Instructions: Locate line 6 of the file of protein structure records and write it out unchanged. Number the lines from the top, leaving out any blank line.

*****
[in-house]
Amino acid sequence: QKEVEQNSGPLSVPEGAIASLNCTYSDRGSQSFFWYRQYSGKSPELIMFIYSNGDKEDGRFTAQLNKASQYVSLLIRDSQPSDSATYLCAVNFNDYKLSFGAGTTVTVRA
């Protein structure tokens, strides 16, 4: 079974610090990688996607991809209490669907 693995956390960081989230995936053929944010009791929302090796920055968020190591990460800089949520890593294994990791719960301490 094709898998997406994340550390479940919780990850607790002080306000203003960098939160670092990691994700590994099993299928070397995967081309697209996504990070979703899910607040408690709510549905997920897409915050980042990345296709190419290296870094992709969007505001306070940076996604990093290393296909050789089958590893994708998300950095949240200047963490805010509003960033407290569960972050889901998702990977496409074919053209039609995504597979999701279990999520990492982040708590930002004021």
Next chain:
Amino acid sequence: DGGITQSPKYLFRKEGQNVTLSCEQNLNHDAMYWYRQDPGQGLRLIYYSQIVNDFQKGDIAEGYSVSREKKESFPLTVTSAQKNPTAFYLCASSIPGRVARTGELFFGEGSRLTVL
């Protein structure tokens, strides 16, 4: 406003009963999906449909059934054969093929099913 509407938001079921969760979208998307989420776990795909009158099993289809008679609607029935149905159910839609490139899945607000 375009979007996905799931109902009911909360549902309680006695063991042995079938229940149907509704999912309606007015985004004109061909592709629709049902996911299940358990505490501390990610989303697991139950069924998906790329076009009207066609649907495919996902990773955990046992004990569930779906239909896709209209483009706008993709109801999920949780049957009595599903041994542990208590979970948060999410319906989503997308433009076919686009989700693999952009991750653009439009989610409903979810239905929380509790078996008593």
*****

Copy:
């Protein structure tokens, strides 16, 4: 406003009963999906449909059934054969093929099913 509407938001079921969760979208998307989420776990795909009158099993289809008679609607029935149905159910839609490139899945607000 375009979007996905799931109902009911909360549902309680006695063991042995079938229940149907509704999912309606007015985004004109061909592709629709049902996911299940358990505490501390990610989303697991139950069924998906790329076009009207066609649907495919996902990773955990046992004990569930779906239909896709209209483009706008993709109801999920949780049957009595599903041994542990208590979970948060999410319906989503997308433009076919686009989700693999952009991750653009439009989610409903979810239905929380509790078996008593």